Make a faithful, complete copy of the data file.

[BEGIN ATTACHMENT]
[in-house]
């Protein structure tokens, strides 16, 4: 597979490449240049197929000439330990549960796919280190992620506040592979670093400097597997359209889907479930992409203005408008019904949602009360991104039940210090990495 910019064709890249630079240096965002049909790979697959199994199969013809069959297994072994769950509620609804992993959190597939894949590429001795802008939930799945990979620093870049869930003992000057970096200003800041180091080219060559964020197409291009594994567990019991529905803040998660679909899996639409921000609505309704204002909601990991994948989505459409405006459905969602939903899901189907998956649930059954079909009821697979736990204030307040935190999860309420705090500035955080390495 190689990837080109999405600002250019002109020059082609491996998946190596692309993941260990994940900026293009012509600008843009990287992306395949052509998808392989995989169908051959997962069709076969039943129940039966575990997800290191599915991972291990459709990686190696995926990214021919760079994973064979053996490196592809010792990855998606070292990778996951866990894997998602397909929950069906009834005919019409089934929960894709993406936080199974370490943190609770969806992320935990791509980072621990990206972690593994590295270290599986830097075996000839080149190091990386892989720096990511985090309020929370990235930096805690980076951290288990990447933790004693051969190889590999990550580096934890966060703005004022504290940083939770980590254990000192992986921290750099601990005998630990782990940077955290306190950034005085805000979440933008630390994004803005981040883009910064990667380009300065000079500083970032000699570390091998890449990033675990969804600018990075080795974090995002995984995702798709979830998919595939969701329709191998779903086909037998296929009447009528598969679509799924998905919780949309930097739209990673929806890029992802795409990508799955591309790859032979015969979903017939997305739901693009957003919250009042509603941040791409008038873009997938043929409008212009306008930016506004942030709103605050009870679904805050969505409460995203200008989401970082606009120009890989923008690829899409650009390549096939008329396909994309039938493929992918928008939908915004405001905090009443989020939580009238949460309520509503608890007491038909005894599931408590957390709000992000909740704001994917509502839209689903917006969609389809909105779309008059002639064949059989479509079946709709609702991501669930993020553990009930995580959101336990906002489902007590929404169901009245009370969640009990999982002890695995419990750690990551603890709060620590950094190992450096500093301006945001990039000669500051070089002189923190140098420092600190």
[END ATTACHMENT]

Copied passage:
[in-house]
């Protein structure tokens, strides 16, 4: 597979490449240049197929000439330990549960796919280190992620506040592979670093400097597997359209889907479930992409203005408008019904949602009360991104039940210090990495 910019064709890249630079240096965002049909790979697959199994199969013809069959297994072994769950509620609804992993959190597939894949590429001795802008939930799945990979620093870049869930003992000057970096200003800041180091080219060559964020197409291009594994567990019991529905803040998660679909899996639409921000609505309704204002909601990991994948989505459409405006459905969602939903899901189907998956649930059954079909009821697979736990204030307040935190999860309420705090500035955080390495 190689990837080109999405600002250019002109020059082609491996998946190596692309993941260990994940900026293009012509600008843009990287992306395949052509998808392989995989169908051959997962069709076969039943129940039966575990997800290191599915991972291990459709990686190696995926990214021919760079994973064979053996490196592809010792990855998606070292990778996951866990894997998602397909929950069906009834005919019409089934929960894709993406936080199974370490943190609770969806992320935990791509980072621990990206972690593994590295270290599986830097075996000839080149190091990386892989720096990511985090309020929370990235930096805690980076951290288990990447933790004693051969190889590999990550580096934890966060703005004022504290940083939770980590254990000192992986921290750099601990005998630990782990940077955290306190950034005085805000979440933008630390994004803005981040883009910064990667380009300065000079500083970032000699570390091998890449990033675990969804600018990075080795974090995002995984995702798709979830998919595939969701329709191998779903086909037998296929009447009528598969679509799924998905919780949309930097739209990673929806890029992802795409990508799955591309790859032979015969979903017939997305739901693009957003919250009042509603941040791409008038873009997938043929409008212009306008930016506004942030709103605050009870679904805050969505409460995203200008989401970082606009120009890989923008690829899409650009390549096939008329396909994309039938493929992918928008939908915004405001905090009443989020939580009238949460309520509503608890007491038909005894599931408590957390709000992000909740704001994917509502839209689903917006969609389809909105779309008059002639064949059989479509079946709709609702991501669930993020553990009930995580959101336990906002489902007590929404169901009245009370969640009990999982002890695995419990750690990551603890709060620590950094190992450096500093301006945001990039000669500051070089002189923190140098420092600190």